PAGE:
When a powerful storm hits, be it a tropical depression, tropical storm, or hurricane, one of the biggest issues you will likely face is power loss. If you have a server in your home or office, hopefully, you also have a Battery Backup set up.
- Battery Backups give connected devices about 15-20 minutes of power, depending on the number of devices connected to it and the size of the Battery Backup itself. Those 15-20 minutes allow connected devices, including the server, to shut down properly.
Make sure all documents are saved and/or backed up, hopefully both to an on-site backup drive and to an online backup drive (because if the server/workstation is damaged as well as the on-site backup, then the online backup still exists; but if the on-site backup is intact, it’s easier to restore from that than the online backup).
- If your internal backups are on a hard drive or tape that can be removed from the office, take the unit(s) to a secure location.
- Most backups are scheduled to run late at night. If the server is not on at night, then the files modified during the previous day will not be on the latest backup.
- Scheduled backups can also be manually started earlier than scheduled; they usually finish within 2-3 hours of start time, depending on the size of the backup.
Prior to leaving the office just before a storm, the server should be shut down to prevent data corruption. In order to ensure that this process is completed correctly, please allow Preemo to perform this task.
- Server operating systems are very sensitive; if a server is abruptly or incorrectly shut down, it may require a restore or even re-installation to boot back up.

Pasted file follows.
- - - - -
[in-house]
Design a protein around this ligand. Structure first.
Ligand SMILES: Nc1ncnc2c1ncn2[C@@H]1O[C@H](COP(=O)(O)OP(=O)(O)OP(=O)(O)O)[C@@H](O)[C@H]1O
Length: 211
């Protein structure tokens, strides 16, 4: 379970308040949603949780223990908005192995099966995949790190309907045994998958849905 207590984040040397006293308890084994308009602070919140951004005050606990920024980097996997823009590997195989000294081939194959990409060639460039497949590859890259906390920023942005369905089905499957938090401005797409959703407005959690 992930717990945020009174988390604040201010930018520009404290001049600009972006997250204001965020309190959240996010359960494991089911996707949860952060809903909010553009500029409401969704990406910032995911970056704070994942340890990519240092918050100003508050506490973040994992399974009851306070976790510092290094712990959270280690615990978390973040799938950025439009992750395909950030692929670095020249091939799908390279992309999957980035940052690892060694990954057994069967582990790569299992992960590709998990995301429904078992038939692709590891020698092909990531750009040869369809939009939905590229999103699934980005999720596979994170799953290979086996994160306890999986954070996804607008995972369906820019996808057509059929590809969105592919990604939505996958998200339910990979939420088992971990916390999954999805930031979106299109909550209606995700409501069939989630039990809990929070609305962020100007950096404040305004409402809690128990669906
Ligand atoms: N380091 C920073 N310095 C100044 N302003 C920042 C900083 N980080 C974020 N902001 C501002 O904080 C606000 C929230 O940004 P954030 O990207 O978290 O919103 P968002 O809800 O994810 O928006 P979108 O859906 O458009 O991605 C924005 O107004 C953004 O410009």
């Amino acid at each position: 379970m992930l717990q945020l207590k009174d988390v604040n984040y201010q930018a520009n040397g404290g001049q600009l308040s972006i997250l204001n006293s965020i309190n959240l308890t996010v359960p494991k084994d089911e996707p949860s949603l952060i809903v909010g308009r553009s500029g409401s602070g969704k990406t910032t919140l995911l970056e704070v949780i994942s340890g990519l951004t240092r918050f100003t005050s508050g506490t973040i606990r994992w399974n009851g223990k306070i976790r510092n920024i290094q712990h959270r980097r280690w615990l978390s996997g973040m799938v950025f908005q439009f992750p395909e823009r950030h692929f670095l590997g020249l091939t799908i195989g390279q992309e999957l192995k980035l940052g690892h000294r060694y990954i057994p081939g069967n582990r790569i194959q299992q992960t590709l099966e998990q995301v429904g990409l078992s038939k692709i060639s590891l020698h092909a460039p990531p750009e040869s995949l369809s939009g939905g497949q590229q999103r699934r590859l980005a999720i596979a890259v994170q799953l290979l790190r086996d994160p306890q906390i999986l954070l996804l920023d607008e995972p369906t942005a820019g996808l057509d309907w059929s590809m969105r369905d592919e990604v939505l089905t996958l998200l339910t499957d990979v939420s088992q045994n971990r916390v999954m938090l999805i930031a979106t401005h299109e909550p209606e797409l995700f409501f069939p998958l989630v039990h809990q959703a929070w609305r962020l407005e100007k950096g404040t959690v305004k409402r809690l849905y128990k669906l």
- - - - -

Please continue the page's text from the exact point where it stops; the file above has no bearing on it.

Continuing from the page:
Keep in mind that if you currently have an Exchange server set up in your office, and you shut the server down in preparation for the storm, then you will not have access to any e-mails while the server is down. You may want to send a blast email out to your contacts informing them that you will not have access to email until a certain date.
Workstations (i.e., desktop and laptop computers)
Leaving your computer powered on during any storm can cause major issues later on. Even if the computer is connected to a surge protector or battery backup, a strong electrical current may nonetheless cause irreversible damage to your hardware and components.
- Shut down your computer before leaving the office prior to a storm.
- Before unplugging any cables, take a picture of how everything is connected (such as the back of your computer tower). This will help you reconnect everything when the storm has passed.
- If all components are connected to a battery backup or surge protector, and everything connected to that battery/surge protector is shut down, then unplug the battery/surge protector from the electrical socket in the wall. If any components are plugged into the wall outlet, unplug everything.
- If something, such as a server, is connected to the battery backup and it must stay on, then all devices that can be shut down should be unplugged from the Battery Backup.
If your home or office is located in a flood zone, place your computer tower in a large, heavy-duty trash bag, and place that bag in a plastic trash bin. Keep track of associated cables, and place them in plastic bags in the same plastic trash bin.
If you do not have your files and documents backed up using a formal backup system, either onsite or online (as stated above, ideally both), then save all important documents onto an external hard drive or even a USB thumb drive.
The National Hurricane Center